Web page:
With the expansion of the child population recommended to receive the influenza vaccination, evidence of its effectiveness has become even more important. Szilagyi and colleagues studied vaccine effectiveness among children aged 6 to 59 months in 3 counties during 2 influenza seasons. After adjustment for potential confounding factors, significant vaccine effectiveness in preventing inpatient, emergency department, or outpatient visits could not be demonstrated for any season, age, or setting. A likely factor was the suboptimal match between vaccine and circulating influenza strains, with only 11% and 36% matching in the 2 seasons. Annual evaluation of the yearly effect of influenza vaccination programs for children are needed, particularly as higher rates of vaccination are achieved in this population.
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Rebreathing exhaled carbon dioxide trapped by bedding near an infant's airway has been suggested as a possible mechanism for the occurrence of sudden infant death syndrome (SIDS). Increased air movement in the room of a sleeping infant may potentially decrease the accumulation of carbon dioxide around the infant's nose and mouth and decrease the likelihood of rebreathing exhaled gas. In this case-control study of 185 infants with confirmed SIDS, fan use during sleep was associated with a 72% reduction in the risk of SIDS. The reduction in the risk of SIDS appeared more pronounced in warmer rooms, for infants placed in a prone or side sleeping position, and for those who did not use a pacifier or who shared a bed. Use of a fan in the room of a sleeping infant is an easily available means of possibly further reducing SIDS risk.
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In this commentary, Lantos examines 4 different health reform efforts to address the inequities in our uniquely expensive health care system. These are the National Vaccine Initiative of 1993, the creation of the State Children's Health Insurance Program in 1997, the expansion of federally qualified health centers in 2001, and the proposal to expand the State Children's Health Insurance Program in the past year. In his analysis, Lantos argues that a way to provide high-quality health care for all children would be to build on the current combined private-public program, using the federally qualified health center system, the system of private pediatric providers, and the current network of tertiary children's hospitals. Lantos envisions that such a system might harness our deeply ingrained political values in a way that creates an adequate safety net for poor individuals, an efficient public-private partnership, and a vibrant competitive marketplace for different styles of pediatric care.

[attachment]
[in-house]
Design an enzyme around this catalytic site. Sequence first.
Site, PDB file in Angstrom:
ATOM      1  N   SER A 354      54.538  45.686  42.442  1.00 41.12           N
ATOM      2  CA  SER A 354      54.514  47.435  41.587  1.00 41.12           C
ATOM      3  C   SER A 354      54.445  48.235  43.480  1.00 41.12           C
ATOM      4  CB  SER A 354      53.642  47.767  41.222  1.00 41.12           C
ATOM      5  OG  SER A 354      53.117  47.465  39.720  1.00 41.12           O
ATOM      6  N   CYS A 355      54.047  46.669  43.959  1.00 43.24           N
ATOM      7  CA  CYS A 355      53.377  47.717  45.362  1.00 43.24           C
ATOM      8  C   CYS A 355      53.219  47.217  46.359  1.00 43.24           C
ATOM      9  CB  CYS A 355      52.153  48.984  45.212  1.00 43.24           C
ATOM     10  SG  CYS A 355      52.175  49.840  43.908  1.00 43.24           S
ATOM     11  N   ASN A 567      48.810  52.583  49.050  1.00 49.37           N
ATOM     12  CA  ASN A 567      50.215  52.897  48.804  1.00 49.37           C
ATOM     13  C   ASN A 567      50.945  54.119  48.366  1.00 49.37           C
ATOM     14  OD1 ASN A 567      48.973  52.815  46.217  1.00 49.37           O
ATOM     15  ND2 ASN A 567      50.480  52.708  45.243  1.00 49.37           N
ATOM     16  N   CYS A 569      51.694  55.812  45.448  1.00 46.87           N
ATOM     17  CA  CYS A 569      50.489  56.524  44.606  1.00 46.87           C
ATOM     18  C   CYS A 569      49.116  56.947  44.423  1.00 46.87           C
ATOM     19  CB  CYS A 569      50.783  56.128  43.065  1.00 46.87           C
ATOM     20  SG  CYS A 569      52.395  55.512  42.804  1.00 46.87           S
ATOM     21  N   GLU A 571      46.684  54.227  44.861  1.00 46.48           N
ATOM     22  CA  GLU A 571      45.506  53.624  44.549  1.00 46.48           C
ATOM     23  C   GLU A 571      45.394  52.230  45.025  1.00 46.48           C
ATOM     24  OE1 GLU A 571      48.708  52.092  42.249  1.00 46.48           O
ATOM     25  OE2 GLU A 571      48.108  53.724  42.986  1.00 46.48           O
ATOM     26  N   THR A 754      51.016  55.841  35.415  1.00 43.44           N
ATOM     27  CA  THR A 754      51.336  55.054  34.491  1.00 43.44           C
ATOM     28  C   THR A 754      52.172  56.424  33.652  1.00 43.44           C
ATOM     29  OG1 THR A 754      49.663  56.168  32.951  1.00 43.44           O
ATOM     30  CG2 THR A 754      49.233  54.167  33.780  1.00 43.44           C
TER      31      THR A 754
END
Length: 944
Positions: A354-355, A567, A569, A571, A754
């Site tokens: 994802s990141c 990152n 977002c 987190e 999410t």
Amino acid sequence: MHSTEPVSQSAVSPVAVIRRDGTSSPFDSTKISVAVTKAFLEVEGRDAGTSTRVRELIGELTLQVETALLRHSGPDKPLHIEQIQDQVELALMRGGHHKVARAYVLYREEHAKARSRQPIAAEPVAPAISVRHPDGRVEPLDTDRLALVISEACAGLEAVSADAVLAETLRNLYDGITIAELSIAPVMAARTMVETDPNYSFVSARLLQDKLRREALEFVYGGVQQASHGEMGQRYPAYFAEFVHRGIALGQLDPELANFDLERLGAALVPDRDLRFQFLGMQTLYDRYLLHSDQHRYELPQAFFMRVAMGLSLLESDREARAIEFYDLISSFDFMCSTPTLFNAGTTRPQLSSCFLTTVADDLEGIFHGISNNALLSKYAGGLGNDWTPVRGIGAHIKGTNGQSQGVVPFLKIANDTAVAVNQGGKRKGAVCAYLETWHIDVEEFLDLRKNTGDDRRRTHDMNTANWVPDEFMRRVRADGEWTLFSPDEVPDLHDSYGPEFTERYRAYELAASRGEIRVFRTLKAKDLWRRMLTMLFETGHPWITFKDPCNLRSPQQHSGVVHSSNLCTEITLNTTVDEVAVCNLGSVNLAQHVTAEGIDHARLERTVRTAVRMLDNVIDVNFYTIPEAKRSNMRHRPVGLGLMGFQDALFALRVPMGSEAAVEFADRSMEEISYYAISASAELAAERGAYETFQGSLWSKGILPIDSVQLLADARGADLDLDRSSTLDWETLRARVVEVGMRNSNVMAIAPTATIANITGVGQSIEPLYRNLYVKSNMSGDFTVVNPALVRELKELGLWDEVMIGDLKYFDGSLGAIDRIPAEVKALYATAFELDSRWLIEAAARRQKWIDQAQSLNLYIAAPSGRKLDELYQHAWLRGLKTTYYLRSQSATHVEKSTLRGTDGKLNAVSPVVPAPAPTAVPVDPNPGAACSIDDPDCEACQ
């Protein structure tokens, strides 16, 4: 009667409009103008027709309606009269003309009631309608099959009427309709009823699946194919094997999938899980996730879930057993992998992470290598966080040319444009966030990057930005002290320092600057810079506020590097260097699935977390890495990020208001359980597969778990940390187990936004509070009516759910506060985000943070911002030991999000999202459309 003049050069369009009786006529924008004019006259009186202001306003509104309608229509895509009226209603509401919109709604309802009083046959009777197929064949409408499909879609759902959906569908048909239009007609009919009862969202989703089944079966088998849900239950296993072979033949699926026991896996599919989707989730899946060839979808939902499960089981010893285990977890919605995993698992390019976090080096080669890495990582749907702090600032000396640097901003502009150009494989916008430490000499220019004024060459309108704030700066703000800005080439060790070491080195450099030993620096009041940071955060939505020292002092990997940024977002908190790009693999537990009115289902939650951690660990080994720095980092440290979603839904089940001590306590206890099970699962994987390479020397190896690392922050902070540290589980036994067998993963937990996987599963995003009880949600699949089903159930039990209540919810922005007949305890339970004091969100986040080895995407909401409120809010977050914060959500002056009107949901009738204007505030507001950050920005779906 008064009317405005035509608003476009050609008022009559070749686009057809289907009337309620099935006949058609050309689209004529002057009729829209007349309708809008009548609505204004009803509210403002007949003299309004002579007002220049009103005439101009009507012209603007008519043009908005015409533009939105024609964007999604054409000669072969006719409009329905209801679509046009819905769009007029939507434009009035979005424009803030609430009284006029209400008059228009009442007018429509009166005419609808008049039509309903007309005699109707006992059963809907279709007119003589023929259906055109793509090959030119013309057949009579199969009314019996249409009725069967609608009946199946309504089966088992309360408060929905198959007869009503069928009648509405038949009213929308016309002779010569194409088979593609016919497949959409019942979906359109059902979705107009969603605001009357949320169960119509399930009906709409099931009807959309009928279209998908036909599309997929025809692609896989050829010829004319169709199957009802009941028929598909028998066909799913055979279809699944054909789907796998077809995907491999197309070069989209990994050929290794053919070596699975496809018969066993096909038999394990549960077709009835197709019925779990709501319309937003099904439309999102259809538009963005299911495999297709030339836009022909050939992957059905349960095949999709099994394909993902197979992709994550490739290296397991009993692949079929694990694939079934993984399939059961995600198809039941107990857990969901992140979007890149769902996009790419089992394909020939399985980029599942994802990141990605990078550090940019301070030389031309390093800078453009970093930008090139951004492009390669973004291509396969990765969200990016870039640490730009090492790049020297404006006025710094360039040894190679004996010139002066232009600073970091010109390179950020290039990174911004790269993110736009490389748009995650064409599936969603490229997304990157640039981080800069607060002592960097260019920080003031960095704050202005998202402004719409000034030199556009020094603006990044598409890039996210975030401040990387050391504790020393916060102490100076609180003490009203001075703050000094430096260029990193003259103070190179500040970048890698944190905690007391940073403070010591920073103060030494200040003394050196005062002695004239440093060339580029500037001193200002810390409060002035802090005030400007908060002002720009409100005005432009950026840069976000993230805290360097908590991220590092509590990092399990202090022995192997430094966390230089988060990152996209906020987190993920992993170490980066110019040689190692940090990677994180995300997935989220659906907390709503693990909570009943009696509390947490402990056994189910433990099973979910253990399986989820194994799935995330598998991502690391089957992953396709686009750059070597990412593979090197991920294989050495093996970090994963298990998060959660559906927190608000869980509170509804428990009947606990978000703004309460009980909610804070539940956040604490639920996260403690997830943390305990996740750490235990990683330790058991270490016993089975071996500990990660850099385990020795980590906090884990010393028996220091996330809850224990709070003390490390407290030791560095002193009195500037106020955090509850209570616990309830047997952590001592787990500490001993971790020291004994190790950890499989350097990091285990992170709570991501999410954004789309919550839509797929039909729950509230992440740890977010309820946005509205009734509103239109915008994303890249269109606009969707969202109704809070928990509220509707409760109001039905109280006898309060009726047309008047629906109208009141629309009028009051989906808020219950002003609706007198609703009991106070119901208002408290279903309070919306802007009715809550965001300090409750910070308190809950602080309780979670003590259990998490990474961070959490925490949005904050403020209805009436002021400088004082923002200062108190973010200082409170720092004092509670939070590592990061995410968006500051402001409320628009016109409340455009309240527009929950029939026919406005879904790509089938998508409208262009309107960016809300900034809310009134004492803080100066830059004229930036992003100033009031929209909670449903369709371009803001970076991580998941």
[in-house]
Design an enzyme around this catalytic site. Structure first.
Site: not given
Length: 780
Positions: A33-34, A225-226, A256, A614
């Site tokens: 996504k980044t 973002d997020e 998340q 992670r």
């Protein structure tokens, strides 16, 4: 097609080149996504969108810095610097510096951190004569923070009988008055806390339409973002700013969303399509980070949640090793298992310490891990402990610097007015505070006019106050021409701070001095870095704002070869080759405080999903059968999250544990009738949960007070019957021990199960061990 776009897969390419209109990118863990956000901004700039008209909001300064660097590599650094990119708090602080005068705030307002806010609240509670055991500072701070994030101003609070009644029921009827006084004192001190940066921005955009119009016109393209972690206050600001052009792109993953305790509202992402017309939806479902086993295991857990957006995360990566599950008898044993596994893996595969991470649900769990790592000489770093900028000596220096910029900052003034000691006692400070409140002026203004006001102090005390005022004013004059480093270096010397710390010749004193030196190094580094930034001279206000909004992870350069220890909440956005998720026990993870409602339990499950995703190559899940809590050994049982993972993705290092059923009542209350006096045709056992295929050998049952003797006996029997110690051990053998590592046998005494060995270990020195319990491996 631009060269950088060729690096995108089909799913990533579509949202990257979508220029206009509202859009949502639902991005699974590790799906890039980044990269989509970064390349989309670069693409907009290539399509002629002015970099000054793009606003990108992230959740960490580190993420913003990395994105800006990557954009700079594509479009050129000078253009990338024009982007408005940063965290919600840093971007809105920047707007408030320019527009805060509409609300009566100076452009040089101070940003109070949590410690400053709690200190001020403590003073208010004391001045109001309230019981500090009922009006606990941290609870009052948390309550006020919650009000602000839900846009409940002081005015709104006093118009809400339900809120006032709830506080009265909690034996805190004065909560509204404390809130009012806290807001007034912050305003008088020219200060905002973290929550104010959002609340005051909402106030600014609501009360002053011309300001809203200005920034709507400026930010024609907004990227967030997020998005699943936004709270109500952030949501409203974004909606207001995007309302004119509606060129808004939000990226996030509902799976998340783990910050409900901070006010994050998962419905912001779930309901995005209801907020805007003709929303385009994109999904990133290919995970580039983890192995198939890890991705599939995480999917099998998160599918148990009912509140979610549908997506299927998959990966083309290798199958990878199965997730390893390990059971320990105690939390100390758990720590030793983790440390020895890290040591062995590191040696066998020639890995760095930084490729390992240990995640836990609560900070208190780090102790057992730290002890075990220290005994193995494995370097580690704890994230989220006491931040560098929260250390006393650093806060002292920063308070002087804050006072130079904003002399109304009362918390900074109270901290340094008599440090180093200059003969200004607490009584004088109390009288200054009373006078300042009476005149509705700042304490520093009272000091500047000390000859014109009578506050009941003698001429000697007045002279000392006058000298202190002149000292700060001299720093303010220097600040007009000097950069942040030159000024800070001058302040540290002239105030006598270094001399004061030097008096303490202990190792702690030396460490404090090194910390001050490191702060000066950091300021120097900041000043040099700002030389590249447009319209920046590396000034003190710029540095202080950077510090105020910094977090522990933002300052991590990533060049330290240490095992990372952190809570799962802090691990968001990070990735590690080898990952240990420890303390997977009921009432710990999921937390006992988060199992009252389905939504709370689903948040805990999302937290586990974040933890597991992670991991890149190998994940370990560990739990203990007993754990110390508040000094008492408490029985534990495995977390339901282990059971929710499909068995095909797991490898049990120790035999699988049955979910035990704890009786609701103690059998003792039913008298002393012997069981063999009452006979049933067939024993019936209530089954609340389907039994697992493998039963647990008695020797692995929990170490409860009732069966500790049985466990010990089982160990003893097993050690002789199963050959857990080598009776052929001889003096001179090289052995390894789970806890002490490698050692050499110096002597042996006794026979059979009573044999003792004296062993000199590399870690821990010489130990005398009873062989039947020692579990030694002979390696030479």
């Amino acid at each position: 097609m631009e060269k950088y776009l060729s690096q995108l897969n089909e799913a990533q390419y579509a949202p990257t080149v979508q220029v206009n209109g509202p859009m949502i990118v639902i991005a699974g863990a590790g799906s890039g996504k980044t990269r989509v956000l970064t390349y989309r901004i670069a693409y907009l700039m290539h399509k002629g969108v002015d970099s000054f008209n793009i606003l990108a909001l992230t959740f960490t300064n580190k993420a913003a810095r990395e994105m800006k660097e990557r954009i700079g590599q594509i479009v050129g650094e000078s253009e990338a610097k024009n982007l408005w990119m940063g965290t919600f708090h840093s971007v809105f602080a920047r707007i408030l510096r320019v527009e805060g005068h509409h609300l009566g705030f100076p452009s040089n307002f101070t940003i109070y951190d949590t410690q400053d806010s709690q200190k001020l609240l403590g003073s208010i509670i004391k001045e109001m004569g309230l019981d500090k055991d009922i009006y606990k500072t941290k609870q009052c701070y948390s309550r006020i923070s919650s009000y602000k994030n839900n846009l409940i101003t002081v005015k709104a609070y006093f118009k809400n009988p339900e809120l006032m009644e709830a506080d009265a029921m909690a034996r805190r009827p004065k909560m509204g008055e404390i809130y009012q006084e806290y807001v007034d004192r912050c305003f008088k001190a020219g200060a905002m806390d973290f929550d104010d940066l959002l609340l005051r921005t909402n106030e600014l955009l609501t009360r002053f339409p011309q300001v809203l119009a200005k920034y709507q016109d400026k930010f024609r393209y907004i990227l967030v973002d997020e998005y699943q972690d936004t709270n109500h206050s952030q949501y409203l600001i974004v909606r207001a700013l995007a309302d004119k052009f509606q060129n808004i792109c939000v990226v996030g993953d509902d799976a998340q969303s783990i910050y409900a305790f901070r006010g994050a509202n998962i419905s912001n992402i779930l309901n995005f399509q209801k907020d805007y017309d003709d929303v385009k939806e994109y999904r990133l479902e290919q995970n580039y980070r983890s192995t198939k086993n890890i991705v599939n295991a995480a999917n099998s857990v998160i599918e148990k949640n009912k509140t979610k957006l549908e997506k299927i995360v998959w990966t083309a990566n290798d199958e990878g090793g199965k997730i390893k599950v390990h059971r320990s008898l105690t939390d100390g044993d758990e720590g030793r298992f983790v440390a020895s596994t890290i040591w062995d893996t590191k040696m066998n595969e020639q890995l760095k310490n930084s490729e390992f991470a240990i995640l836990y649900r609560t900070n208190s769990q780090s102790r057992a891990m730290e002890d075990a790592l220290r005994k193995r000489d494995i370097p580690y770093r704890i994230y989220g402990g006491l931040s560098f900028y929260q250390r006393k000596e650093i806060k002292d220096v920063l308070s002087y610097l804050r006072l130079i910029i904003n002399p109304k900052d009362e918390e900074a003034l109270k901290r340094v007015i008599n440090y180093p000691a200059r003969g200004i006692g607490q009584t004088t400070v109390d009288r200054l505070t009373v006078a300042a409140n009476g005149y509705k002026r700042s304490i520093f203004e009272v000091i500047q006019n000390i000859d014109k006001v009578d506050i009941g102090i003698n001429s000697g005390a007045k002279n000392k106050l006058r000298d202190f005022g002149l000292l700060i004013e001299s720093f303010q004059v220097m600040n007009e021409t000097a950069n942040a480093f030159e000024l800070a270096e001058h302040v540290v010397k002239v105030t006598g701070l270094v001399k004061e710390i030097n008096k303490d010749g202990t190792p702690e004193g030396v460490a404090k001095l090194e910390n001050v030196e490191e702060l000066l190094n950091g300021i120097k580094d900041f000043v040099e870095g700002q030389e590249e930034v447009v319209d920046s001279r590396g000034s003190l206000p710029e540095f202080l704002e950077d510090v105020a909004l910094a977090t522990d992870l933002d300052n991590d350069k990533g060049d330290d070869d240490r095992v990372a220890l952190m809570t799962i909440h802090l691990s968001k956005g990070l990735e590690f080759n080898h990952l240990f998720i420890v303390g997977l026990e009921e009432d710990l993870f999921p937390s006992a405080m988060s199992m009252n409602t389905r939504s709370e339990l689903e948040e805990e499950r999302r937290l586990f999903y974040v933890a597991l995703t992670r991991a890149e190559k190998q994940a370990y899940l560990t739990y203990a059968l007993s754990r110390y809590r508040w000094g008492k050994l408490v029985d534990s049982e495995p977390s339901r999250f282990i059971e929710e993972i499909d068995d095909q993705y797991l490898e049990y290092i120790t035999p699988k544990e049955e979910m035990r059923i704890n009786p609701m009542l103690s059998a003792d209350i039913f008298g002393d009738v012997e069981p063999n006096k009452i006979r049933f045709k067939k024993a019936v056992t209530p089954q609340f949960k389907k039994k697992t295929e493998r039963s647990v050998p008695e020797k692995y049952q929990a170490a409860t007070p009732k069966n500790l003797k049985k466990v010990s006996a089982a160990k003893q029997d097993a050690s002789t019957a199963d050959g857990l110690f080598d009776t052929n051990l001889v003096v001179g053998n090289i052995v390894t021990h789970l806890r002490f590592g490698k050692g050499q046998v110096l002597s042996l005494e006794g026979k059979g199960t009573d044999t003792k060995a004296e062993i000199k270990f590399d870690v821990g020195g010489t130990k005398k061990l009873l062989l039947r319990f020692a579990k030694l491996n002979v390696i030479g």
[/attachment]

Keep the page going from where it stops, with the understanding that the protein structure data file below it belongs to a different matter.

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Patients wish to be told about medical errors that occur in their care. Recent studies have revealed that physicians' attitudes vary about when to disclose medical errors and how forthcoming they would be in their disclosure to patients. In this study, attending physicians and pediatric residents affiliated with 1 academic program were surveyed and randomly presented with 1 of 2 scenarios: an insulin overdose resulting in an intensive care unit admission or failure to follow up on a laboratory test resulting in symptomatic bacteremia and hospitalization. Among all respondents, only 53% reported that they would definitely disclose the error, 43% would probably disclose the error, and 7% would disclose only if asked by a parent. Approximately one-quarter of respondents would offer an explicit apology, and 51% would discuss detailed plans for preventing future recurrences of the error. This study demonstrated marked variation in when and how pediatricians might disclose an error. The implementation and monitoring of professional practice guidelines to improve care around error disclosure are warranted.
Respondents' answers to the question, “How likely would you be to disclose this error to the parents?” (P < .001).
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This Month in Archives of Pediatrics & Adolescent Medicine. Arch Pediatr Adolesc Med. 2008;162(10):910. doi:10.1001/archpedi.162.10.910